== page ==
[ 929TAPSCORK14 ] KS Comparative Research in Social Policy

Es ist eine neuere Version 2020W dieser LV im Curriculum Master's programme Joint Master's Degree Programme in Comparative Social Policy and Welfare 2020W vorhanden.
Workload Education level Study areas Responsible person Hours per week Coordinating university
5 ECTS M1 - Master's programme 1. year Social Science Margitta M├Ątzke 2 hpw Johannes Kepler University Linz
Detailed information
Original study plan Master's programme Joint Master's Programme in Comparative Social Policy and Welfare 2014W
Objectives This class seeks to acquaint students with major concepts and approaches in comparative welfare state research. Students read some of the major programmatic and conceptual statements about the major research paradigms of comparative welfare state analysis. Then examples the most important empirical approaches in the field are examined, exploring the conceptual and methodological decisions that lie beneath these particular forms of producing knowledge about welfare state development.
In doing so, the class develops an understanding of the quality criteria applicable to theoretically-oriented empirical studies in the field of comparative welfare state research. It also explores the different components research output in the field (such as: the literature review, the theoretical argument and its justification, commentary on research design and methodology, presentation of the empirical material, and the conclusions).
The goal is to strengthen students' ability to distinguish a persuasive theoretical argument from a weak one, strong empirical support from feeble descriptive illustration, and generalization with some claim to validity from random empirical observation.
Subject The class focuses on the crucial interface between theory-building and concept formation on the one hand and (comparative) empirical inquiry on the other. It addresses the following questions: What is the rationale of theory building, concept-formation and empirical inquiry in different variants of comparative research? How do comparative welfare state researchers produce theoretical and empirical knowledge about the various welfare states? How do they arrive at generalization about welfare state development, and, how do they make the connection between theoretical arguments and empirical case studies?
Major topics:

  1. Comparative analysis as a research program: Its role in the study of social policy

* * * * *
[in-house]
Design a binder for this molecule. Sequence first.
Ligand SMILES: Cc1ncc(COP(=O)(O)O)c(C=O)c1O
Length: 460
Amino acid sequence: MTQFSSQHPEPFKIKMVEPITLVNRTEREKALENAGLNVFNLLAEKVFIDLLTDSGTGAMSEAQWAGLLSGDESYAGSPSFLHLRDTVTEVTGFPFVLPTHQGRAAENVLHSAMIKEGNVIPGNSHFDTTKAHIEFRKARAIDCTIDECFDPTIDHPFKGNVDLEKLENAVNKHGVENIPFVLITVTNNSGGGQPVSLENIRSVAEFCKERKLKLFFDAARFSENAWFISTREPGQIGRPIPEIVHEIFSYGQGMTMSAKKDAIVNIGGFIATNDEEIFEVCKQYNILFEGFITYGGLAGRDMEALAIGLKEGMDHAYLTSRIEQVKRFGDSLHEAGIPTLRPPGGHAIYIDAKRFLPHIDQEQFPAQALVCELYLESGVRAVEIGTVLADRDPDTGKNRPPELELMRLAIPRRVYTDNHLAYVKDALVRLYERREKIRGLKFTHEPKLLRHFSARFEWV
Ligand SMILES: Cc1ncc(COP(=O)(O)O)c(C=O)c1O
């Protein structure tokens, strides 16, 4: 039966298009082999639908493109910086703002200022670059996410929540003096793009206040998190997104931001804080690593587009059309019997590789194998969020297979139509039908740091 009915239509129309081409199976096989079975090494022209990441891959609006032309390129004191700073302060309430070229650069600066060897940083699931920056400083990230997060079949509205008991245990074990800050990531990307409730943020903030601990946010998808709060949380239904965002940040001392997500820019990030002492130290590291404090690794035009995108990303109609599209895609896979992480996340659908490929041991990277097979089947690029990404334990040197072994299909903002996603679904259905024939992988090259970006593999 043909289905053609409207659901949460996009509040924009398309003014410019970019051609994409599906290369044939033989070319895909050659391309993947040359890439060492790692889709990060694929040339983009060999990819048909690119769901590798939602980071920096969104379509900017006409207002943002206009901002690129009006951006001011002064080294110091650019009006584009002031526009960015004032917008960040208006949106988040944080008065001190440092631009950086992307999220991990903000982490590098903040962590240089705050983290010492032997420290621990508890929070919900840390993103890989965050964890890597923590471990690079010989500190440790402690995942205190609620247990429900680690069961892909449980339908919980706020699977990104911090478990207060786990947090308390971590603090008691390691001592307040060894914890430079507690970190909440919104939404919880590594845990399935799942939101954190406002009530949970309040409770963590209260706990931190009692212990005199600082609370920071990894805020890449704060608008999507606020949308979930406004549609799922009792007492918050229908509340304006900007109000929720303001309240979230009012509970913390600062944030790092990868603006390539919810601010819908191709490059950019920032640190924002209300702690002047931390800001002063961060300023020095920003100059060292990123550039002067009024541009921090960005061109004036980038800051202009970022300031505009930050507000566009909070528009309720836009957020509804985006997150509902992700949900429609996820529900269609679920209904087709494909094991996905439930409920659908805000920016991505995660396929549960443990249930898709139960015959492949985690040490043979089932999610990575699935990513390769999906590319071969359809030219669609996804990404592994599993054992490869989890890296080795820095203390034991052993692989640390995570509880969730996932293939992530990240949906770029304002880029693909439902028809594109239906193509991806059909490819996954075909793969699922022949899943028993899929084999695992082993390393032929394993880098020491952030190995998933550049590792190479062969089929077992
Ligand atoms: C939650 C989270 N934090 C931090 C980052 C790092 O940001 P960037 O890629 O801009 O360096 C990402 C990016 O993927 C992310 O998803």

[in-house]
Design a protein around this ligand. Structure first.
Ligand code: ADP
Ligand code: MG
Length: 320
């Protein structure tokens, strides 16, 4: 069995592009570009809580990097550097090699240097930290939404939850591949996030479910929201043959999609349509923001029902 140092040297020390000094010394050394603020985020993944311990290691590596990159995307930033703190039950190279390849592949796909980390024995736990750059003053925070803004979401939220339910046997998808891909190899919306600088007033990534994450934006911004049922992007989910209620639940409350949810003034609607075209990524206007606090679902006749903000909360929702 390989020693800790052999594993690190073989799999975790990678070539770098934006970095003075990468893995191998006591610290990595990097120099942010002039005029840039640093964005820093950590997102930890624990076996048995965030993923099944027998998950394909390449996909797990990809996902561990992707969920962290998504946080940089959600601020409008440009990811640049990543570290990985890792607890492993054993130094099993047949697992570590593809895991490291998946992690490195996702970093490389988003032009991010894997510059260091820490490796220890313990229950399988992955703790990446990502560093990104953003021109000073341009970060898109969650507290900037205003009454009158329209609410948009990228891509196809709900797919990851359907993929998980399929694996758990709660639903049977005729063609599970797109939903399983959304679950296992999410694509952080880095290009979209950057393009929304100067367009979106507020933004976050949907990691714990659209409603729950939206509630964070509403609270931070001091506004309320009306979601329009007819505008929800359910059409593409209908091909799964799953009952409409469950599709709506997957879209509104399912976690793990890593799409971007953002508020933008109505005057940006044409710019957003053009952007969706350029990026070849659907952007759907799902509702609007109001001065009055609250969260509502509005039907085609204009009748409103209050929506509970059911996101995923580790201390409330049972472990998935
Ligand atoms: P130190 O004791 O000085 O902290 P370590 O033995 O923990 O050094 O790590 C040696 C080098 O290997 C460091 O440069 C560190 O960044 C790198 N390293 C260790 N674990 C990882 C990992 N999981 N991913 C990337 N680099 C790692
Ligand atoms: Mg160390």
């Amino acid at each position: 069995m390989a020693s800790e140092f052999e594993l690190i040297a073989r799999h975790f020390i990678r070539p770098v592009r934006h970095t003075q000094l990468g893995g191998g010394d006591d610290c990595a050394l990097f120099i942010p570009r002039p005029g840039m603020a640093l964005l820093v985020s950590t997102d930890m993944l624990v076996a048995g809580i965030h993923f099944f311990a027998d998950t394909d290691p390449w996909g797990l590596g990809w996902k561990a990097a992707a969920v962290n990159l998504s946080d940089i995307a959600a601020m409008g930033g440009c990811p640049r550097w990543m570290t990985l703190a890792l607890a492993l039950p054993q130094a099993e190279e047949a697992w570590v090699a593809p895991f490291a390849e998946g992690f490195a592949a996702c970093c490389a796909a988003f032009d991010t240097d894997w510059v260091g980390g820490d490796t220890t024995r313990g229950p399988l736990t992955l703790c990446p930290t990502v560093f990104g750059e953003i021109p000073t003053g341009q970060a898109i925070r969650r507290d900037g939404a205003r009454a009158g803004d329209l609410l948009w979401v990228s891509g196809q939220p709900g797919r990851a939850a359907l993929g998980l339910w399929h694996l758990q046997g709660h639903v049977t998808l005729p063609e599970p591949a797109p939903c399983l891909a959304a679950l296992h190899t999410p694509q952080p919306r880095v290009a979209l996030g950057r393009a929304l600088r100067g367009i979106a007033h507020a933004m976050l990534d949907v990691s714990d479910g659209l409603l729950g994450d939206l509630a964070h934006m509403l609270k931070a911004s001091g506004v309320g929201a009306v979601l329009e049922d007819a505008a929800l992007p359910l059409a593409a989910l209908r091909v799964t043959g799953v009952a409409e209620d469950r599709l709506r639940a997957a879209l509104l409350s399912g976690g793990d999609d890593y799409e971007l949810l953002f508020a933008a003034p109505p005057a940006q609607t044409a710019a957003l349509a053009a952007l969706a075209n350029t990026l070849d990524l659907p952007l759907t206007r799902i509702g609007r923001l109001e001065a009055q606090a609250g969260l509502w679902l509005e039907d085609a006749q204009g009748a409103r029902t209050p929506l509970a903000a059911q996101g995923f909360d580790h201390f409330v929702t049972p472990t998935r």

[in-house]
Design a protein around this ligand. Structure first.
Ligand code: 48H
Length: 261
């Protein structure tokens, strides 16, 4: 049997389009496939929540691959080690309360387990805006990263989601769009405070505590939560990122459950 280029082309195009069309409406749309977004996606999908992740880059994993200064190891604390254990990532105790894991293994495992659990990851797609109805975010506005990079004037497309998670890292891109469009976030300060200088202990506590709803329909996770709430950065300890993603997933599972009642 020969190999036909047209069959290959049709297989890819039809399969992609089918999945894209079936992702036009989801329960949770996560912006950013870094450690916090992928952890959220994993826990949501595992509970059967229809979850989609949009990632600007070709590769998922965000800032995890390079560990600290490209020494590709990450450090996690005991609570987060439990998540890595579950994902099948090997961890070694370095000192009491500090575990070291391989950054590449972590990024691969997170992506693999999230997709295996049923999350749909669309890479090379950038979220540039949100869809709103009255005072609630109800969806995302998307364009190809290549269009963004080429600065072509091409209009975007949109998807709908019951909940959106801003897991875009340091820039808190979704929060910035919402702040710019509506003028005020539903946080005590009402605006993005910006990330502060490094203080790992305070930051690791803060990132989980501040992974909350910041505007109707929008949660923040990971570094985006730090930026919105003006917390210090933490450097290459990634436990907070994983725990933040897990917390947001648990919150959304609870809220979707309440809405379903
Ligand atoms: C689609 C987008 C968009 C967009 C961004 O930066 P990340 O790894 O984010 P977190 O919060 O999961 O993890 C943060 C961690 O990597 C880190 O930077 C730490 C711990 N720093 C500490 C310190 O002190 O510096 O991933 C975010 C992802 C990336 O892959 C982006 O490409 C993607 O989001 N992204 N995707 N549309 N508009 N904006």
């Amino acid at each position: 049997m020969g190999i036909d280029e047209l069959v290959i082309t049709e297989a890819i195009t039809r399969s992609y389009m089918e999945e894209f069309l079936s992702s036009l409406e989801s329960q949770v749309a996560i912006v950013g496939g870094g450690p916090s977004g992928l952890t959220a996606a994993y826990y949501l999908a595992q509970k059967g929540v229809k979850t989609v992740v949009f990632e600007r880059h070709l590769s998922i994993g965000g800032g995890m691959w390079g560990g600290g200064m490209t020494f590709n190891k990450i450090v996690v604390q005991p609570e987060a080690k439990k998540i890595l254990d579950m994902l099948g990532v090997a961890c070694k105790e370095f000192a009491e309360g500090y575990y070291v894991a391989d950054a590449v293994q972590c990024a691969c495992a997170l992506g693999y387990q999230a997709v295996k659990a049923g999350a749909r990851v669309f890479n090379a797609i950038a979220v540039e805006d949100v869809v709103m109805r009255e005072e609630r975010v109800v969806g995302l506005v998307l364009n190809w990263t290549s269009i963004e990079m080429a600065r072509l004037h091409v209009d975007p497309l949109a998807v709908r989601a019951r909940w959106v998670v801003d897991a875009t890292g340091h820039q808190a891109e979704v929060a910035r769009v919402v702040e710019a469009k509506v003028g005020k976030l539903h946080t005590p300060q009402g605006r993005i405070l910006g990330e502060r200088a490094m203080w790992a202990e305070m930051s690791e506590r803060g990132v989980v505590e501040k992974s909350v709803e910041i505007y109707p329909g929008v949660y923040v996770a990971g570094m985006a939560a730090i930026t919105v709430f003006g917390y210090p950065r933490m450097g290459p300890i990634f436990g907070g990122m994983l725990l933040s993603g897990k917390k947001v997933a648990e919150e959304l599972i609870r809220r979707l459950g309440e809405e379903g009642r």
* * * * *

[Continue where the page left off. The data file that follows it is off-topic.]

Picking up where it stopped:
2. Typologies: Identifying "regimes", "varieties", and "patterns" as major approach to cross-sectional comparison
  3. Comparative research design and in-depth inquiry of institutional and political dynamics in case study research
  4. Inter-temporal analysis as challenge to the comparison? Major concepts in the study of institutional change in the welfare state
  5. The Single Case Study and research below the nation state: Comparisons across policy fields, regions, or instances of major social reform

Class discussion and lectures during the Intensive Program at the beginning of the semester give an introduction to these themes; further readings and a set of smaller exercises during the semester offer more detailed insights and provide students with an opportunity to apply some of that conceptual knowledge in evaluating select examples of comparative social policy and trying to define and design their own projects.

Criteria for evaluation Combination of a set of smaller written assignments and active participation during the Intensive Program and the distance learning phase
Methods There is an introductory classroom session at the beginning of the semester, then independent study, using methods of distance learning: Students will read examples of the different kinds of comparative inquiry and interrogate the theory-empirics-interface in each of them.
Language English
Study material Examples of the different kinds of comparative inquiry will be drawn from the journal article literature. They will be provided on-line in Moodle.
Textbooks explaining the methodological and conceptual issues include the following
King, Gary, Robert O Keohane, and Sidney Verba (1994): Designing Social Inquiry. Scientific Inquiry in Qualitative Research. Princeton, NJ: Princeton University Press.
George, Alexander L., and Andrew Bennett (2004): Case Studies and Theory Development in the Social Sciences. Cambridge, Ma: MIT Press.
Ragin, Charles (1987): The Comparative Method. Moving Beyond Qualitative and Quantitative Strategies. Berkeley, Ca: University of California Press.
A full reading list will be announced at the beginning of the course.
Changing subject? No
On-site course
Maximum number of participants 30
Assignment procedure Assignment according to priority